The fact-finding investigation should be commenced promptly after the report is made and pursued with sufficient diligence to reach a conclusion without undue delay.
An independent third party may be designated to conduct the investigation.
The investigation should determine, with as much detail as possible, the sequence in which events occurred, the identity of each person involved and their respective roles, and the exact words and/or conduct of each person involved in the reported events. To the extent possible, fact-finding interviews should be conducted by one person.
The investigation shall include an opportunity for any person alleged in such a report to have violated this policy to respond to each statement or action constituting an alleged violation.
Investigative interviews shall be scheduled and conducted in compliance with applicable provisions of New York law and collective bargaining agreements.
Each person interviewed in connection with such an investigation shall be advised that they are protected by the non-retaliation provision of this policy.
Resolution of Investigation: Upon completion of the investigation, the Village Administrator shall:
a. Promptly prepare a written fact-finding report describing:
The investigation, including a summary of each interview performed and any documents or other evidence reviewed
Any conclusions drawn regarding disputed facts
A conclusion as to whether or not prohibited sexual harassment has occurred
A recommendation regarding any corrective action if sexual harassment is found to have occurred
If the fact-finding report determines that sexual harassment did not occur, the reporter and any person who was alleged by the reporter to have engaged in sexual harassment shall be advised of the determination verbally and in writing. The reporter may request that the report be reviewed.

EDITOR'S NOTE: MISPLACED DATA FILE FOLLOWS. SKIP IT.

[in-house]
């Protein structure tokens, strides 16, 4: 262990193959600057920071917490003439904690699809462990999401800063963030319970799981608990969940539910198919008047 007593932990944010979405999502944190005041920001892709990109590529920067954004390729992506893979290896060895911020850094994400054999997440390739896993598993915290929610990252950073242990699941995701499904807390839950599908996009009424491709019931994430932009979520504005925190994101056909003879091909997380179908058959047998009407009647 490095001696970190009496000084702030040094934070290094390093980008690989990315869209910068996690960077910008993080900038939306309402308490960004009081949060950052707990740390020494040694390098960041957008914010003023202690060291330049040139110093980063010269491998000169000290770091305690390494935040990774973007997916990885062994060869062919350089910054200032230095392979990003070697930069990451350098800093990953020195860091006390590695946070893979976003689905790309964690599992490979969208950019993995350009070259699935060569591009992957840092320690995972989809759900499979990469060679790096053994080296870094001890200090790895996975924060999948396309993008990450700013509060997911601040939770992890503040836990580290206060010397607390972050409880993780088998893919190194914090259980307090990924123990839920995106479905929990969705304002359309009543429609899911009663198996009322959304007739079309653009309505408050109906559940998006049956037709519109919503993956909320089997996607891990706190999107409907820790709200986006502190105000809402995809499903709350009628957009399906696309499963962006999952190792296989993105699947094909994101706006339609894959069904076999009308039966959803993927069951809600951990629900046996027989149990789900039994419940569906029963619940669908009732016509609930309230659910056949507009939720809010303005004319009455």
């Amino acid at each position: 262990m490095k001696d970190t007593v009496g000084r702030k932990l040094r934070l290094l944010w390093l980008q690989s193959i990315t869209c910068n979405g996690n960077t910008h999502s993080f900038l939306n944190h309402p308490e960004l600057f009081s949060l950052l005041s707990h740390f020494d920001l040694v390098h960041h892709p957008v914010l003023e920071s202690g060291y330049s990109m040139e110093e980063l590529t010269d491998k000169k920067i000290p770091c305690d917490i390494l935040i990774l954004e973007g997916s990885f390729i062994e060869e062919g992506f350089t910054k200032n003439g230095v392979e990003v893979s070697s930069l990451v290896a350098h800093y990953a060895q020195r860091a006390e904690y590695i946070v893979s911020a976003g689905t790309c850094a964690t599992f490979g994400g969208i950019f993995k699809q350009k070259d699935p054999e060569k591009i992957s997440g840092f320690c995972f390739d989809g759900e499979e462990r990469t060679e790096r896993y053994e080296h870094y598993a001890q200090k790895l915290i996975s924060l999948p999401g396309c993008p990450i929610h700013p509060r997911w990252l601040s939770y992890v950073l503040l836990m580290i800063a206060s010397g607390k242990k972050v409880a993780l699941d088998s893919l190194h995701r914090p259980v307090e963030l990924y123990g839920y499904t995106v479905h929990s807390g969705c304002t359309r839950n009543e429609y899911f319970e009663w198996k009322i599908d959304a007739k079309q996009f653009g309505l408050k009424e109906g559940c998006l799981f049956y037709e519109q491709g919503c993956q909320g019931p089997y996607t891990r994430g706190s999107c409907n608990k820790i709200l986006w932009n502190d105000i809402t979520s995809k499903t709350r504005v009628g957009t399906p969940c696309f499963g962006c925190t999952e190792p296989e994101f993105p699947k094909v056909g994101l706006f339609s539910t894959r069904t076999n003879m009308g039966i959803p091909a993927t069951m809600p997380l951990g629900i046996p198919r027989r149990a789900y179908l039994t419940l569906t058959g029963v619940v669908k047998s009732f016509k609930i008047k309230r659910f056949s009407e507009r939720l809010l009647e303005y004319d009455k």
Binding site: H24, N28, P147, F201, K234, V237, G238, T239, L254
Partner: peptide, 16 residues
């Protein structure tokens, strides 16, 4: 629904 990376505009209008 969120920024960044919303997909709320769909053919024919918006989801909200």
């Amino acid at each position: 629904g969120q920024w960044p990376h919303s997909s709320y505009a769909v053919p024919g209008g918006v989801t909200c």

If the fact-finding report determines that sexual harassment did occur, the reporter shall be advised of the determination orally and in writing and, consistent with applicable policies or law concerning the confidentiality of employee personnel records, be advised that corrective action shall be taken to deter similar conduct in the future. Any person(s) found in the report to have committed sexual harassment shall be advised verbally and in writing of the determination and the right to have such determination reviewed, advised verbally of the recommended corrective action and, to the extent required by applicable law or collective bargaining agreement, the steps that The Village intends to pursue to implement such corrective action.
Review of a fact-finding report shall be conducted by the Mayor, who shall perform such review promptly and advise the person requesting such review of any action taken resulting from the review.
Upon issuance of a final fact-finding report, the reporter shall be advised that sexual harassment is prohibited under federal and state nondiscrimination laws and regulations, and of the right to pursue redress of a report of sexual harassment, whether or not the fact-finding report determined that sexual harassment occurred, through the filing of a complaint with the federal Equal Employment Opportunity Commission or the New York State Division of Human Rights, as well any other applicable local laws.